Folding O's imperfect 10 with loss

Brosius' 3-run homer off Rhodes in ninth extends O's skid, 6-5

Reliever blisters Miller

Of `up-down' warm-up: `I've had enough of this'

July 04, 1999|By JOE STRAUSS | JOE STRAUSS,SUN STAFF

NEW YORK -- Another ninth-inning lead evaporated within the Orioles' bullpen yesterday, this time because Arthur Rhodes could not close a two-run lead. The ugly result was Scott Brosius' three-run homer inside the Yankee Stadium left-field foul pole that gave the New York Yankees a 6-5 win and the disintegrating Orioles a 10th consecutive loss.

Once more the Orioles were left standing on the field as an opponent celebrated. They can no longer deny the overwhelming momentum.

"I think you can't help but have a carryover effect if you're going through the situation like we're going through," said third baseman Cal Ripken.

Rhodes, long critical of Ray Miller's use of the bullpen and his role in particular, blistered the manager for having him warm during the eighth inning only to sit and then try to warm again before the ninth. Miller has cited Rhodes' inability to warm quickly or pitch on consecutive days as a major hindrance to him taking over the closer role. Rhodes' recent performance can now be added to the list.

"If he don't know what he wants me doing out there, I just wish he'd put me back where I was, pitching the fifth and sixth in long relief," Rhodes said. "I've had enough of this. Up-down. Up-down. No one knows what the hell's going on."

Told of Rhodes' request, Miller said, "He'll get his wish."

Later, Miller said, "He's looking for a long-term contract and a lot of money. Are you going to get that in middle relief?"

For eight innings, the Orioles once again did enough to win. Albert Belle and Harold Baines hit back-to-back home runs to provide a 2-0 lead in the fourth inning off Yankees starter Orlando Hernandez. Ripken scored on Brady Anderson's two-out single in the fifth for a 3-1 lead. When Yankees shortstop Derek Jeter's two-out, two-run homer tied the game in the bottom of the fifth inning, B. J. Surhoff responded in the seventh with a two-out, opposite-field double to score Charles Johnson and Mike Bordick for a 5-3 lead.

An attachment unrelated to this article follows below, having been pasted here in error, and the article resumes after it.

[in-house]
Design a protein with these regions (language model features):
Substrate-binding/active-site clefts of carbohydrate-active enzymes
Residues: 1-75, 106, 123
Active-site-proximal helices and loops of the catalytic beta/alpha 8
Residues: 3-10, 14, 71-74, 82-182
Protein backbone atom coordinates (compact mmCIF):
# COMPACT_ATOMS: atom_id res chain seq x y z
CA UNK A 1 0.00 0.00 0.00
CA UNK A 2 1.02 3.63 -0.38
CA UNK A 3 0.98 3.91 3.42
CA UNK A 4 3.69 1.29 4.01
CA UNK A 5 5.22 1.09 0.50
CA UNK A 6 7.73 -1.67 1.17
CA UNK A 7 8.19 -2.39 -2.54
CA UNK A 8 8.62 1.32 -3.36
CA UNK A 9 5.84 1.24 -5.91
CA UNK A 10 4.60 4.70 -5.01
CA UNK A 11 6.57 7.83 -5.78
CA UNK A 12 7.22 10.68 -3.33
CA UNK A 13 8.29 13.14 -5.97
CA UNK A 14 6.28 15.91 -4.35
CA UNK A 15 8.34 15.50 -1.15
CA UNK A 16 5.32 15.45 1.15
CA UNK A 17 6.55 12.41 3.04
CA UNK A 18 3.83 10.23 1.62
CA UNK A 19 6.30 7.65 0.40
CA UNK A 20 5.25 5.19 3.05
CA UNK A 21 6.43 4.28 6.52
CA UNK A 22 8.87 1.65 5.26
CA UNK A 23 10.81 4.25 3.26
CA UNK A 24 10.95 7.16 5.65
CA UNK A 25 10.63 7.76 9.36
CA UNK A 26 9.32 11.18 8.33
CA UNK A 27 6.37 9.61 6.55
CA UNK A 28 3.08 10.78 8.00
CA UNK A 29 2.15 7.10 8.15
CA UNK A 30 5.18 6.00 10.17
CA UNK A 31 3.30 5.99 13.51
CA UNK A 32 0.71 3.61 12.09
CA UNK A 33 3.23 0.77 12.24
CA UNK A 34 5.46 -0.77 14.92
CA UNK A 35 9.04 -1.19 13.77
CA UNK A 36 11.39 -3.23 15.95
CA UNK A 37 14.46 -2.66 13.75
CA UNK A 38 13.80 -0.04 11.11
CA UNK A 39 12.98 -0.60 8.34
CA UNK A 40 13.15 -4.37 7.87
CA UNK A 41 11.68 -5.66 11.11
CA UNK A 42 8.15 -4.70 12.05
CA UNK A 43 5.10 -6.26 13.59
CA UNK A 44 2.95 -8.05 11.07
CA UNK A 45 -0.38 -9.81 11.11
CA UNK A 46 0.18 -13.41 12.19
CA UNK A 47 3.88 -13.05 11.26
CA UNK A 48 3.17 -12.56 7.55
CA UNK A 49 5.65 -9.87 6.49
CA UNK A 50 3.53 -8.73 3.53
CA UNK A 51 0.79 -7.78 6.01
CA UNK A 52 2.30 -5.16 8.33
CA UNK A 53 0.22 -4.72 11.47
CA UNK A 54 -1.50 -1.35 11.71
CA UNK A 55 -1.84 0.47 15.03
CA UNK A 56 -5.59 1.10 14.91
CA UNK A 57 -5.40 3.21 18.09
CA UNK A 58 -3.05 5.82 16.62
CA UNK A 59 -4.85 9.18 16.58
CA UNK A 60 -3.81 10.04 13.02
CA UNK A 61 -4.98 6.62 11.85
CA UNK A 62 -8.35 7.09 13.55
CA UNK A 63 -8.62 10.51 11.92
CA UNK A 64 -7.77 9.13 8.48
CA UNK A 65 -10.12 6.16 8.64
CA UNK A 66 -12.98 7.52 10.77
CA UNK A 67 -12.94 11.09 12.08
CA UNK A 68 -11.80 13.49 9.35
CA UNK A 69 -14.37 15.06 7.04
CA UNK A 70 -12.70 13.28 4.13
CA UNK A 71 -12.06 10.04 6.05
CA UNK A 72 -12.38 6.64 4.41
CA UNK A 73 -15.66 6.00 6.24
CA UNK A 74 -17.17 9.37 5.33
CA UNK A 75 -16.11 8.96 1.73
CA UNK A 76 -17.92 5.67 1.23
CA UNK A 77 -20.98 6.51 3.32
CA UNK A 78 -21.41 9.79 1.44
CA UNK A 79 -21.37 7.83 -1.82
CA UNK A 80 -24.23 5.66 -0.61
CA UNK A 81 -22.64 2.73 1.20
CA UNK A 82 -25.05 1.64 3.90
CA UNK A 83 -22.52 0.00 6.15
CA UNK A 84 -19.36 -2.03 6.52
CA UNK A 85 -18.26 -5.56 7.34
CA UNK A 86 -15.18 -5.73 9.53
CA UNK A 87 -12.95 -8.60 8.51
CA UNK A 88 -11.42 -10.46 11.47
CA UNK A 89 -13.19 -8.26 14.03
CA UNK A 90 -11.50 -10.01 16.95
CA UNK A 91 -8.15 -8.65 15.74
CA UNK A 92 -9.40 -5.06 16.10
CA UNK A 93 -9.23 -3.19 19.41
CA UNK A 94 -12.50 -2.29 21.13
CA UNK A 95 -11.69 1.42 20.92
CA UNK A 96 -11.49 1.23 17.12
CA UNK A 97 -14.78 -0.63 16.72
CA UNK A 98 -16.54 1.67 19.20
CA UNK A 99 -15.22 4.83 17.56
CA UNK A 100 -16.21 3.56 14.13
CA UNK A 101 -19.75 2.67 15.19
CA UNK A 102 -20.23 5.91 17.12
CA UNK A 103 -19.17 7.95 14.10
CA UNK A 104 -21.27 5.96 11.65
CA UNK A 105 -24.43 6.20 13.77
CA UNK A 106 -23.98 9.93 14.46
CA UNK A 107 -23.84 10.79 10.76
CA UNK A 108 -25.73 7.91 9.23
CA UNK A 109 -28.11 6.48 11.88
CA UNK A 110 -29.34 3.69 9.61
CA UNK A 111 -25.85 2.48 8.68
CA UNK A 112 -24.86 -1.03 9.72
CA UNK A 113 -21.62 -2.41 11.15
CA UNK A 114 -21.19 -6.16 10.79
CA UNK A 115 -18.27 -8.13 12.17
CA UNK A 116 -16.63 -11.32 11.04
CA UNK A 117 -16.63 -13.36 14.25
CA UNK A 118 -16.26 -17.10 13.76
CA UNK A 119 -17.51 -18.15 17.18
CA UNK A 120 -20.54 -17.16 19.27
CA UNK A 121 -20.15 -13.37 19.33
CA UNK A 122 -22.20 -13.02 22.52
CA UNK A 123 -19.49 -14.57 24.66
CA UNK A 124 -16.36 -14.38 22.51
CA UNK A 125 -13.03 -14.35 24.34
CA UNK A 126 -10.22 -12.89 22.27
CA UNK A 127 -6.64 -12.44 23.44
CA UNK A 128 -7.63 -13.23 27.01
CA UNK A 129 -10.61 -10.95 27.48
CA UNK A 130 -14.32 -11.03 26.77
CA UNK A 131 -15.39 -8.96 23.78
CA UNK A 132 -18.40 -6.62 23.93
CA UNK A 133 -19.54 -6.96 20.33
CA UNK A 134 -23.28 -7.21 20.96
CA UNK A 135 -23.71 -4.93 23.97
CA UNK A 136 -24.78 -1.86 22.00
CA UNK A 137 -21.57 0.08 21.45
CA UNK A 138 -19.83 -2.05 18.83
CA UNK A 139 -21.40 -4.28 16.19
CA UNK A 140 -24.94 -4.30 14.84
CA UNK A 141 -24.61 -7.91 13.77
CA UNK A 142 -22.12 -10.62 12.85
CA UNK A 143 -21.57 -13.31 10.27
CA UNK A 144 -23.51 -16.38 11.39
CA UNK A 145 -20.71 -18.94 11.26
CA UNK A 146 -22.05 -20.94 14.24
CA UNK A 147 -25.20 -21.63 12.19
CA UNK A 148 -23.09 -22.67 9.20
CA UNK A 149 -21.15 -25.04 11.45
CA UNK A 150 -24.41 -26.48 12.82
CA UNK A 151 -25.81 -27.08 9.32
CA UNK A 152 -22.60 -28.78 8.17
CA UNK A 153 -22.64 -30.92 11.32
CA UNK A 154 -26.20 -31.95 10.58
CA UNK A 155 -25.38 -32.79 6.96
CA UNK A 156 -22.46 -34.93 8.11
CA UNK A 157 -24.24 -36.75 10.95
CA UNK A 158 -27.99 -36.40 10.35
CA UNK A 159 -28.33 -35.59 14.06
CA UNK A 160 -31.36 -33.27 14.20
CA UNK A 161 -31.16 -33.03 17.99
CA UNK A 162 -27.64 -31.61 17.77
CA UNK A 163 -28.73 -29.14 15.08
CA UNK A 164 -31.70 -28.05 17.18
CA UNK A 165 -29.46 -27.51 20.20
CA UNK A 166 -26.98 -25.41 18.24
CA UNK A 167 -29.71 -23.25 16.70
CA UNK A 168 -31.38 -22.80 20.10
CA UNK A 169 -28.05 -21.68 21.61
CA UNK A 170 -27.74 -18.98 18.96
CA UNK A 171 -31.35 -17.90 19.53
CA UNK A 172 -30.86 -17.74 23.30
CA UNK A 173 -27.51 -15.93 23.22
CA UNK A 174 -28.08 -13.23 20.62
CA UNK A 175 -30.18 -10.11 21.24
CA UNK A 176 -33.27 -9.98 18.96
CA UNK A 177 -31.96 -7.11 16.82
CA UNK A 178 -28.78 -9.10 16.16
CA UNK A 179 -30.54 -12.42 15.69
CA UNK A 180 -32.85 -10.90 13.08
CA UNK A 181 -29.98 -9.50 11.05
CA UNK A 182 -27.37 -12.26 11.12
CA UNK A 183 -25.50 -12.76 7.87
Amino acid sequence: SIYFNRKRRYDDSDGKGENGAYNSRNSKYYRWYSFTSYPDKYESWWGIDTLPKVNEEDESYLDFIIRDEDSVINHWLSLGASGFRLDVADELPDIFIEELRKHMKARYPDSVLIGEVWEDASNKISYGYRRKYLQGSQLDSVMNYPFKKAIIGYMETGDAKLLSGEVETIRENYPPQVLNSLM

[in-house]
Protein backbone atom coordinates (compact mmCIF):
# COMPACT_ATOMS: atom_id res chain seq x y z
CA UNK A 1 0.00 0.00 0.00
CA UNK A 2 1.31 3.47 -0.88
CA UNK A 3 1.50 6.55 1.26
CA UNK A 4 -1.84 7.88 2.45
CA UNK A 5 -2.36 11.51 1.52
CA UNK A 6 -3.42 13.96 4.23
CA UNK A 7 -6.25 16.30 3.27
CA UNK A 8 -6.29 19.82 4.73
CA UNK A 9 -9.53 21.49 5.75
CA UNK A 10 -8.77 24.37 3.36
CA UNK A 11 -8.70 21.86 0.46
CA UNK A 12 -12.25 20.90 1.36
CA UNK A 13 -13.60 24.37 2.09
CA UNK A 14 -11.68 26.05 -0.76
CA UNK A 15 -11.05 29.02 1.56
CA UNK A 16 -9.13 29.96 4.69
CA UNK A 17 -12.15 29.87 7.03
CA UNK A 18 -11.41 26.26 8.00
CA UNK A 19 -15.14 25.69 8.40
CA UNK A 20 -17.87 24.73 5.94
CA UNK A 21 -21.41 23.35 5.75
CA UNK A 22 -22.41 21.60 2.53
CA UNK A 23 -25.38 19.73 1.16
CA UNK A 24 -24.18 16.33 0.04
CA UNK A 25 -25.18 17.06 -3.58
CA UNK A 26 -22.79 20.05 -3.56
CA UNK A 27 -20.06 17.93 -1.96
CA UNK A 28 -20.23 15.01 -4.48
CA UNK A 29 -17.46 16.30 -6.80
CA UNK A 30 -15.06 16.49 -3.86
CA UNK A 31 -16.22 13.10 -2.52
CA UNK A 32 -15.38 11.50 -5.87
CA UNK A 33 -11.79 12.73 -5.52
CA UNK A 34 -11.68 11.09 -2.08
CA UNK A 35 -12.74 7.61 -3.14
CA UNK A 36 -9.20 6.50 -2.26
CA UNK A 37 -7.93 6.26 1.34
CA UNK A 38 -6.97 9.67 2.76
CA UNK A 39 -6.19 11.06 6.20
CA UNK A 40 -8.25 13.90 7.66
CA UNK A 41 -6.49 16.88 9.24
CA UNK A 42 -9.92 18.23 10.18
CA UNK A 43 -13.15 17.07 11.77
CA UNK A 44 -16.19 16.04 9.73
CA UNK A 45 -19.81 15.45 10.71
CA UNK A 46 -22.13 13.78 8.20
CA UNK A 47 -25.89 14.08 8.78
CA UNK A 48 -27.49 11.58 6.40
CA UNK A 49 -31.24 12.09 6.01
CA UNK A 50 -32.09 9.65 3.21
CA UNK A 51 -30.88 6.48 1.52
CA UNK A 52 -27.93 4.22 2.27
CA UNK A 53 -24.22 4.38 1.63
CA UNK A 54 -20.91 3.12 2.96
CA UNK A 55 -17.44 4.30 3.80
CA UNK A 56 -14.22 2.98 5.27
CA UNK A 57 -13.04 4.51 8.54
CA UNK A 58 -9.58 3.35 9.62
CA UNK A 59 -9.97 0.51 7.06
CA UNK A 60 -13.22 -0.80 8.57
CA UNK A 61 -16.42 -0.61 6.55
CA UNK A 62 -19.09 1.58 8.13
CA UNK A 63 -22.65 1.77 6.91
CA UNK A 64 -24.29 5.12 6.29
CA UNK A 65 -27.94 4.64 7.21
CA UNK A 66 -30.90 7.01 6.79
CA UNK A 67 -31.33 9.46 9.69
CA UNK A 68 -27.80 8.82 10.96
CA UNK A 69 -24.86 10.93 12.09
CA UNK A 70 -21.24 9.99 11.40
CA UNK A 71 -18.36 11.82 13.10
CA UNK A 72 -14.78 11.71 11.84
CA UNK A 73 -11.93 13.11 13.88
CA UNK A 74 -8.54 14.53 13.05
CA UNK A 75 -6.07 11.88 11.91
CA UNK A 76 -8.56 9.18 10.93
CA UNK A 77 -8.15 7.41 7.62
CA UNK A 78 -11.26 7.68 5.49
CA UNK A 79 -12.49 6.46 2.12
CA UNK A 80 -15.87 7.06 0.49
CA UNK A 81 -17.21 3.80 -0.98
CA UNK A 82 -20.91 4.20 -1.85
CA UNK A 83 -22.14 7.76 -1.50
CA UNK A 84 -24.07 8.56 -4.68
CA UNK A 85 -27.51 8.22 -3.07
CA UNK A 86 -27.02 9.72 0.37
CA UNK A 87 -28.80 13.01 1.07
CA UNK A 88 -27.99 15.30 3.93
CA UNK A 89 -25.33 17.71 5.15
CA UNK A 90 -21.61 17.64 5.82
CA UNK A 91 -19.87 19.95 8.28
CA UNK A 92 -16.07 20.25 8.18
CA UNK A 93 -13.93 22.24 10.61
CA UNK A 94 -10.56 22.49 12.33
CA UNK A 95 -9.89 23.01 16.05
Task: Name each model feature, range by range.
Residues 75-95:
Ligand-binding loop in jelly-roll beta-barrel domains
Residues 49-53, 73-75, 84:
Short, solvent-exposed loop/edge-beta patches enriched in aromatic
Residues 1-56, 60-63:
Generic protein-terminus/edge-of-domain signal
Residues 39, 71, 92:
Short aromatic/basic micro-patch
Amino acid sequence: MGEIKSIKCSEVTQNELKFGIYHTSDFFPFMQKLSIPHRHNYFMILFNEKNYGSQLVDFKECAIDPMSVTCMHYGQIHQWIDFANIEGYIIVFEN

Starting pitcher Sidney Ponson left the game to Doug Johns in the eighth. Johns handed off to Rhodes (3-4) in the ninth. Chaos.

A leadoff single by Chili Davis, a crushing walk to catcher Jorge Posada and a strikeout of pinch hitter Luis Sojo brought Brosius to the plate. Rhodes fell behind, 3-1, and fed Brosius a fastball over the plate. It never came back.

"These are things," said Brosius, "you do in your back yard."

Friday's 10-minute clubhouse meeting consisted of Miller criticizing the bullpen before the entire team. The meeting stayed with Rhodes, as he said sarcastically, "The bullpen gets blamed for everything. Just blame it on the bullpen now. Everything that happens, just blame it on the bullpen."

With Mike Timlin perhaps permanently out of favor -- he never stirred yesterday -- and Scott Kamieniecki not having appeared since June 25, Miller appears more comfortable with rookie Gabe Molina as his closer-in-waiting.

Among the Orioles' major-league-high 19 blown saves, Miller counts 15 that have been squandered against the lower third of the order. Yesterday's -- the fourth blown save of an 0-5 road trip -- was the latest as Rhodes failed to handle No. 7 hitter Posada after getting ahead in the count, 1-2. Brosius, a scuffling No. 9 hitter, ended it on a 3-1 count.

If anyone within the Orioles' silent clubhouse has experienced this before, they aren't telling. Not even nine previous defeats could prepare them for a staggering blow that warranted a curtain call for Brosius and further soul-searching by Miller about his amorphous bullpen.

The 10-game skid matches last year's longest and also dropped the Orioles to 4-22 within the American League East and to 15 games below .500 (32-47) for the second time this season. Their preceding 11-1 stretch has been nullified, any sense of optimism about the rest of the year extinguished and all suggestions about reversing course exhausted. Miller no longer looks to his veteran relievers for answers. The waiver wire seems an oasis by comparison.

"I don't know how many times you're supposed to get hit like that," said Miller. "The most sickening thing in the world is me sitting in the dugout watching my players walk off the field."

Miller has watched it happen three times in the last five games. Two times in Toronto the Blue Jays won with the last swing. During the 10-game streak the Orioles have suffered six one-run losses and a seventh by two runs. They are 7-17 in one-run games this season and have lost five times when leading after eight innings. (The Yankees have lost one of their last 145 games when leading after eight.)

"It's a situation where you think we should be out there clapping hands instead of them," said catcher Charles Johnson.

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